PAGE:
Join us for a conversation exploring the implications and possibilities of a Black gaze for the practice of seeing, making, and thinking with art. This event will take place in person at Autograph’s gallery in London, with a very limited number of tickets available to maintain social distancing.
Feminist and theorist of visual culture and contemporary art, Tina Campt, will discuss her new book A Black Gaze with the visionary, award winning artist and director Jenn Nkiru; and art historian and curator Zoé Whitley.
Campt’s book examines Black contemporary artists who are shifting the very nature of our interactions with the visual through their creation and curation of a distinctively Black gaze. It is a gaze that moves viewers from passive forms of looking at to the active struggle of looking with, through, and alongside the suffering and the joy of Black life in the present. Hailed by Art in America as “a methodological offering [and] a theory of what Blackness brings to making and viewing art, and to perception in general.” Join us for this important discussion, streamed live from Autograph’s exhibition Care | Contagion | Community — Self & Other in London.
Tina M. Campt, a Black feminist theorist of visual culture and contemporary art, is Owen F. Walker Professor of Humanities and Modern Culture and Media at Brown University and a Research Associate at the VIAD (Visual Identities in Art and Design Research Centre) at the University of Johannesburg. She is the author of Image Matters: Archive, Photography, and the African Diaspora in Europe, Listening to Images, and other books.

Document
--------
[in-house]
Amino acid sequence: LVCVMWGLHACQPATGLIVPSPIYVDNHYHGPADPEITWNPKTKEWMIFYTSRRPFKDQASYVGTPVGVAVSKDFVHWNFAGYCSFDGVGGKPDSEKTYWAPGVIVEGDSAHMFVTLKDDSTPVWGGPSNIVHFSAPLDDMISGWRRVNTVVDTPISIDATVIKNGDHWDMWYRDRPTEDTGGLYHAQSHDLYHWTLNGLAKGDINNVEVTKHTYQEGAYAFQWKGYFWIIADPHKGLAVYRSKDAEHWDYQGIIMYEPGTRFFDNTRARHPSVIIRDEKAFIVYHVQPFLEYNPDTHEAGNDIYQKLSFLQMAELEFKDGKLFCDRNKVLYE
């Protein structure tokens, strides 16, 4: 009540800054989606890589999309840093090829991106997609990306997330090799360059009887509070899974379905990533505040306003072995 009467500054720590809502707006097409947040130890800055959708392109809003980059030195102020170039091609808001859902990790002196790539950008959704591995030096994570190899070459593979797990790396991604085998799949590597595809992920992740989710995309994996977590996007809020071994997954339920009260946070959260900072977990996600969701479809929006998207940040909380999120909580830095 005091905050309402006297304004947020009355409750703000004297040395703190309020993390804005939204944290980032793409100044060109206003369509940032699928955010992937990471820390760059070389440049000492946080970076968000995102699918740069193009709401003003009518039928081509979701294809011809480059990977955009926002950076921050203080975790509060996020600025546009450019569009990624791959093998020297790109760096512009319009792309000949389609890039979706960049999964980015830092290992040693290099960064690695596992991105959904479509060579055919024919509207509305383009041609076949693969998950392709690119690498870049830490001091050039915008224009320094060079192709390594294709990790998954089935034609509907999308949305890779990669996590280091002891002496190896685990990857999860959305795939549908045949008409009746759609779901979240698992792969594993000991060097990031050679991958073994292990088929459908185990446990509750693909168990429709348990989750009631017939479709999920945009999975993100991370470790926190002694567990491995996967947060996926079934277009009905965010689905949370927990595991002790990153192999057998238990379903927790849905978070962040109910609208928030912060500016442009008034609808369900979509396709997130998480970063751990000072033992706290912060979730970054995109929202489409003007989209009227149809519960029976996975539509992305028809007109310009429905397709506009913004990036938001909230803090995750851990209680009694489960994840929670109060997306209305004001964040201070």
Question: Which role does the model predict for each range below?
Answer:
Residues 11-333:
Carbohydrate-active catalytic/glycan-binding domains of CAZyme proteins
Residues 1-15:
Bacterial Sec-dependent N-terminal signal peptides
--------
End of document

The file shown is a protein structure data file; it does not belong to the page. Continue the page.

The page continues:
Jenn Nkiru is an award-winning visionary artist and director. Pushed through an afro surrealist lens, her works are grounded in the history of black music, the aesthetics of experimental film, international art cinema, the black arts movement and the rich and variegated tradition of cinemas of the black diaspora and their distinct experimentation with the politics of form. Nkiru was one of 75 artists selected for the Whitney Museum of American Art’s 2019 Whitney Biennial and in 2020 was the recipient of the Jarman Award. She is the 2021 Grammy Award Winner for Best Music Video for her direction on Brown Skin Girl by Beyonce. She is, additionally the winner of a CICLOPE, Soul Train, NAACP and Cannes Lion award for the same video. She is currently working on a film that has been commissioned by the Metropolitan Museum of Art, New York as part of their upcoming exhibition opening later this year.
Dr. Zoé Whitley is Director of Chisenhale Gallery in London’s East End. A leading non-profit space founded by artists, Chisenhale produces and commissions new works of art with emerging British and international artists. In 2020, Zoé curated Frieze London’s special themed section, Possessions, exploring spirituality in contemporary art, and co-curated Elijah Pierce’s America at the Barnes Foundation in Philadelphia. Previous exhibitions to her credit include curating the British Pavilion presentation of Cathy Wilkes at the Venice Biennale in 2019 and co-curating the award-winning Soul of a Nation: Art in the Age of Black Power. She writes widely on contemporary artists and 20th century designers, including children’s books on Frank Bowling and a title in the same series on Sophie Taeuber-Arp. She is the editor of the forthcoming major monograph on Barkley L. Hendricks. She serves on the 2020-22 Arts Council Collection committee. Zoé also serves on the boards of Creative Access, the only organisation in the UK dedicated to recruiting under-represented talent in the creative industries, and Decolonising Arts Institute, University of the Arts London. She’s formed part of arts juries for Turner Prize (2021), Preis der Nationalgalerie Berlin (2021) and Future Generation Art Prize selection committee, among numerous others. Her prior roles include Senior Curator (Hayward Gallery), Curator, International Art (Tate Modern) and Curator of Contemporary Programmes (V&A).